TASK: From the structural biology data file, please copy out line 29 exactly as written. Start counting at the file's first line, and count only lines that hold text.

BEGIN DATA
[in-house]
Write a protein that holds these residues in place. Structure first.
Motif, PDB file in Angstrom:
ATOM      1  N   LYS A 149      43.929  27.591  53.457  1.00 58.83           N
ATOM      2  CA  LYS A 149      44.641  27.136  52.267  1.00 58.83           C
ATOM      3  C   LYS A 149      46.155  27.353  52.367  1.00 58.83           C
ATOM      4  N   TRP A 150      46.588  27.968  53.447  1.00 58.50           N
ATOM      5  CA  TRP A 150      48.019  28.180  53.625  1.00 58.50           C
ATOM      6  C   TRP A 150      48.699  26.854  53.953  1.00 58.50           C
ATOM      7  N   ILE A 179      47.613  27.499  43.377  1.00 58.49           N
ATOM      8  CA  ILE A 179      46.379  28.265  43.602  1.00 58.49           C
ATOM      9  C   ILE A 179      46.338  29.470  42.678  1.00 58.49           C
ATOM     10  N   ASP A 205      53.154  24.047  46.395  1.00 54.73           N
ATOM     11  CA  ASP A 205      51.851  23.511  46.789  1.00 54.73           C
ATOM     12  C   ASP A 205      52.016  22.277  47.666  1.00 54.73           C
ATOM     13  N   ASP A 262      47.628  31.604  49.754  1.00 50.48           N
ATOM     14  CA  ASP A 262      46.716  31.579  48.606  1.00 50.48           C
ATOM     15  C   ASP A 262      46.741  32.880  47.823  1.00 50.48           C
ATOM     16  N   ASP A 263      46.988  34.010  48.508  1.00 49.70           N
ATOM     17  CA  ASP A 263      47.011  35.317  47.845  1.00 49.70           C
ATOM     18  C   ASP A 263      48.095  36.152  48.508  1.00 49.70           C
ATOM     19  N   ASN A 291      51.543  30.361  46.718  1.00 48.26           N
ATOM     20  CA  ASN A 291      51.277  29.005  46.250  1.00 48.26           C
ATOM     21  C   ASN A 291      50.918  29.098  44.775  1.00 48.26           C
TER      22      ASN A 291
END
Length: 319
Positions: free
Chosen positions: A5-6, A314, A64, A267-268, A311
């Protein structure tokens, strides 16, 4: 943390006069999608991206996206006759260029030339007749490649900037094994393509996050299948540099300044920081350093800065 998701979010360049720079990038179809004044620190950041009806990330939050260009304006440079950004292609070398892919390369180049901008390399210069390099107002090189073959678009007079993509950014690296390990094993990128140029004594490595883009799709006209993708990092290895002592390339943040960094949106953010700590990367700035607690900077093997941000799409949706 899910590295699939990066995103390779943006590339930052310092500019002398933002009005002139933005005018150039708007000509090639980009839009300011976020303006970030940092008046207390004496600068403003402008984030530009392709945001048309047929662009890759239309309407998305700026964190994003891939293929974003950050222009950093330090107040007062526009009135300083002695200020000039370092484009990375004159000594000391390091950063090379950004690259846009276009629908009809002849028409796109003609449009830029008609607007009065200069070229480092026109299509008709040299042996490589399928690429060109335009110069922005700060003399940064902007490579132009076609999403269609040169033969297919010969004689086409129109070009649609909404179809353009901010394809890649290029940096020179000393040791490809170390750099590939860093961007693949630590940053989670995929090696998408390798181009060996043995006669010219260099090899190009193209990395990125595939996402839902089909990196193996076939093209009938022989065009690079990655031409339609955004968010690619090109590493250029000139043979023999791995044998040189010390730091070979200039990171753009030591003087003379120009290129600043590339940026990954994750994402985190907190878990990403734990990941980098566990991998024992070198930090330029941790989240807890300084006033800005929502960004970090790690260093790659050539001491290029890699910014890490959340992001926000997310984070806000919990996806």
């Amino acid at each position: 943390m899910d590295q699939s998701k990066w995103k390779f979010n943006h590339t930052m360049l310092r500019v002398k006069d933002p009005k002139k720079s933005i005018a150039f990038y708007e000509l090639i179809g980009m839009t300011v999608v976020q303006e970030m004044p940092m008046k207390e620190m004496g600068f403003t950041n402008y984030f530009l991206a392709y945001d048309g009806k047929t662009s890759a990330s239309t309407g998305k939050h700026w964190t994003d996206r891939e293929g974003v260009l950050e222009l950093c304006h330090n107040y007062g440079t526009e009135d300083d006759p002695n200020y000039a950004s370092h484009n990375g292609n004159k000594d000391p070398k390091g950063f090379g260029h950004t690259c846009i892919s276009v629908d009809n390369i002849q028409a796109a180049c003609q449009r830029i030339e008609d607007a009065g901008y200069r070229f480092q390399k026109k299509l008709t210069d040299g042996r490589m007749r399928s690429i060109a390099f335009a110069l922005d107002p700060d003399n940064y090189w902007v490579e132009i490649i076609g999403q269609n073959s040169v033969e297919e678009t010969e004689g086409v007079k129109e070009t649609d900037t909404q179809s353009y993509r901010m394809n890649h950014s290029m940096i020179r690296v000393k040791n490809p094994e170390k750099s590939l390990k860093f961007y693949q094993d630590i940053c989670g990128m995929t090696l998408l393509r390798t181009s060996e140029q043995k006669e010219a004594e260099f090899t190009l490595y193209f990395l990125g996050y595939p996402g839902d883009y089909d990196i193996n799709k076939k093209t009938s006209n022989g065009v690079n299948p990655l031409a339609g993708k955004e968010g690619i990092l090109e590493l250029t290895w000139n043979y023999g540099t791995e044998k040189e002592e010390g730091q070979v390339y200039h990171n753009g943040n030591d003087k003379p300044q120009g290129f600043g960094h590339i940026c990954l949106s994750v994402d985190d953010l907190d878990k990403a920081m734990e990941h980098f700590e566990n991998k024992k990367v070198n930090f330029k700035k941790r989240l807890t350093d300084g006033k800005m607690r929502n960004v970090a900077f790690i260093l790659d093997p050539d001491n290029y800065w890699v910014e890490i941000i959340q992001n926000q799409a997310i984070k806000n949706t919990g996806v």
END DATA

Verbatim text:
Chosen positions: A5-6, A314, A64, A267-268, A311